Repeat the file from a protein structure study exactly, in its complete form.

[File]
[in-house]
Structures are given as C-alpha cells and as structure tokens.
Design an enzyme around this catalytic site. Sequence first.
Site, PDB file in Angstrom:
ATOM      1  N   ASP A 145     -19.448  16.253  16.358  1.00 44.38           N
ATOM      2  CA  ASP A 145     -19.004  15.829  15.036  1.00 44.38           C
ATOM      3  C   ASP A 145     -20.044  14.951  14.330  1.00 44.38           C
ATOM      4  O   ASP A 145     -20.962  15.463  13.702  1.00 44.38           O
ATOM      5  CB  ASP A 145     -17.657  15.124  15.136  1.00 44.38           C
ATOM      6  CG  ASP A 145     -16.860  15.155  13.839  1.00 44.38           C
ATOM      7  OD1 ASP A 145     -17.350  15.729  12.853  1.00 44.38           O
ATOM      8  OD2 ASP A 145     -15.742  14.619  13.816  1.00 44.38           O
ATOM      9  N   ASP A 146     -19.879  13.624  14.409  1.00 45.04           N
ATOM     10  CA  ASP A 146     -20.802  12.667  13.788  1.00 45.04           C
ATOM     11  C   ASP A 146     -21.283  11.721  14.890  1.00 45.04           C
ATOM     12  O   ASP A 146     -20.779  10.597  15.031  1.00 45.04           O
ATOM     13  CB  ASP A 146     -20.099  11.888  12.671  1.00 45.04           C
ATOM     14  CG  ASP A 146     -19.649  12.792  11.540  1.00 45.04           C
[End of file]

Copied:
[in-house]
Structures are given as C-alpha cells and as structure tokens.
Design an enzyme around this catalytic site. Sequence first.
Site, PDB file in Angstrom:
ATOM      1  N   ASP A 145     -19.448  16.253  16.358  1.00 44.38           N
ATOM      2  CA  ASP A 145     -19.004  15.829  15.036  1.00 44.38           C
ATOM      3  C   ASP A 145     -20.044  14.951  14.330  1.00 44.38           C
ATOM      4  O   ASP A 145     -20.962  15.463  13.702  1.00 44.38           O
ATOM      5  CB  ASP A 145     -17.657  15.124  15.136  1.00 44.38           C
ATOM      6  CG  ASP A 145     -16.860  15.155  13.839  1.00 44.38           C
ATOM      7  OD1 ASP A 145     -17.350  15.729  12.853  1.00 44.38           O
ATOM      8  OD2 ASP A 145     -15.742  14.619  13.816  1.00 44.38           O
ATOM      9  N   ASP A 146     -19.879  13.624  14.409  1.00 45.04           N
ATOM     10  CA  ASP A 146     -20.802  12.667  13.788  1.00 45.04           C
ATOM     11  C   ASP A 146     -21.283  11.721  14.890  1.00 45.04           C
ATOM     12  O   ASP A 146     -20.779  10.597  15.031  1.00 45.04           O
ATOM     13  CB  ASP A 146     -20.099  11.888  12.671  1.00 45.04           C
ATOM     14  CG  ASP A 146     -19.649  12.792  11.540  1.00 45.04           C